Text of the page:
J: Exactly, you can get immersed.  



H: So, going back to inspiration – your main sources are Pinterest and exhibitions & galleries.

J: Yes, so many exhibitions! But ALSO (laughs) plays and music you know. I think you can get so inspired for art by different versions of the arts. Like with my racial profiling project, that whole concept was inspired by a moment in a song by Solange. Nobody knows that! But there’s a section at the end of her song “F.U.B.U.” with this great, sparkling texture in the piano and the visual concepts all came from that.

H: That’s so cool, I love that! Sometimes inspiration can be hard to come by, do you ever get creative block? It can be so demotivating; I never know how to get over it!

J: Ugh yes of course, although I get that more with my music than art. But, I think it was Ed Sheeran that I heard once on a George Ezra podcast. Yeah, Ed Sheeran. He said that once someone said to him that song writing is like an instrument and you have to practise everyday to get good at it. And I was like, whoa yes *snaps fingers*.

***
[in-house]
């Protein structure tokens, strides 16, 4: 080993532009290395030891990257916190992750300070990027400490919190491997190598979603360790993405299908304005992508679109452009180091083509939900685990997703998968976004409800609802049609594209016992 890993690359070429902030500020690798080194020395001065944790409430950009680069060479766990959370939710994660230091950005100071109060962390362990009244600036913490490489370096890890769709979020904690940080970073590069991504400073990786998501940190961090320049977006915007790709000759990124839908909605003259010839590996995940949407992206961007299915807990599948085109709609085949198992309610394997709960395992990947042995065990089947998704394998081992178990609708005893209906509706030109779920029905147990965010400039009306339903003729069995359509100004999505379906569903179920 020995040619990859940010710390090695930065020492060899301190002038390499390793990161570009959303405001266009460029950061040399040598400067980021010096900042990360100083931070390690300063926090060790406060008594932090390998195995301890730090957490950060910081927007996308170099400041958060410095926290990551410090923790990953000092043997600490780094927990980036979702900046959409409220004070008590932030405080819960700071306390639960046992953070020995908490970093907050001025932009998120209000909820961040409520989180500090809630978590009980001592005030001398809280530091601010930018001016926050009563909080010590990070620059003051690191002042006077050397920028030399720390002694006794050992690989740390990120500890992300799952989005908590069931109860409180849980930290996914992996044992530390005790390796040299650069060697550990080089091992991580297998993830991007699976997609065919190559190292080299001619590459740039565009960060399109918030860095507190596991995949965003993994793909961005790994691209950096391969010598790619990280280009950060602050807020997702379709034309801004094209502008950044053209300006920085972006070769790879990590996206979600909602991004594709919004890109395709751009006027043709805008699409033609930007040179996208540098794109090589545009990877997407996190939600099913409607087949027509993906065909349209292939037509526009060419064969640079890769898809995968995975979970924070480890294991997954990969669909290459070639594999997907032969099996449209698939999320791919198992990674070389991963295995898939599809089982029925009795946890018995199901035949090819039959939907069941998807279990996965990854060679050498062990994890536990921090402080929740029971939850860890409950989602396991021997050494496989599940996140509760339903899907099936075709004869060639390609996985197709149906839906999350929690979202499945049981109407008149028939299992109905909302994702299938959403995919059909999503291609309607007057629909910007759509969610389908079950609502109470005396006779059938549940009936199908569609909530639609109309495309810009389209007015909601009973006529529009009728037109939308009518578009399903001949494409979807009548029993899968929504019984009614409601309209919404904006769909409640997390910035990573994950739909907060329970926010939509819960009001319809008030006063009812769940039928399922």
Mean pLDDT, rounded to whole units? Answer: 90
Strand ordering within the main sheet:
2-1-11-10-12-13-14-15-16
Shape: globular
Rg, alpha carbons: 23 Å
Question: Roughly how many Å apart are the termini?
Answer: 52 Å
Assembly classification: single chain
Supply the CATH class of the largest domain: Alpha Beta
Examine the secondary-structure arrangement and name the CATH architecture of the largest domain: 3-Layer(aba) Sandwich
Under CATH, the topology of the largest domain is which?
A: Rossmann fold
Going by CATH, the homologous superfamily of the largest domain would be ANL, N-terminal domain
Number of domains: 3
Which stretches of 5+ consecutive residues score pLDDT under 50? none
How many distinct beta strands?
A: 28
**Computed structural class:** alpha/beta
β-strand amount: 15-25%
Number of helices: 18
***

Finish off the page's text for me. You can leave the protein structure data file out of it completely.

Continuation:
H: That is a good one, you can always count on Ed Sheeran.

J: So, I think when I don’t know what to sing or like I don’t know what to play or write, then I just know to keep going. Even if it is sh*t, then you learn from it don’t you.


H: Yeah, so say if you make a rubbish song. No offence. Do you look at it and try and learn from it? (laughs)

J: You know what, sometimes I don’t even edit them because I think if you do so much of something you are going to have say 300 pieces at the end. And maybe like 5 of them will be amazing and the rest will be bad, and that is fine. It is just the process you have to go through to get the good stuff.

H: So your advice for overcoming creative block would be to just keep going and well…

J: Just make rubbish stuff. It’s all learning.

H: I love that and I think that’s a great thought to end on. Thanks so much for joining me today.


And that's a wrap! I'd love to say a huge thank you to James for answering all of my nosey questions. We are so excited to announce that this is the first post of a series of posts with James and I for one can't wait for the next one! What get's you feeling creative?

Love Holly (and James) x

Find James on | Facebook | Youtube | Art Instagram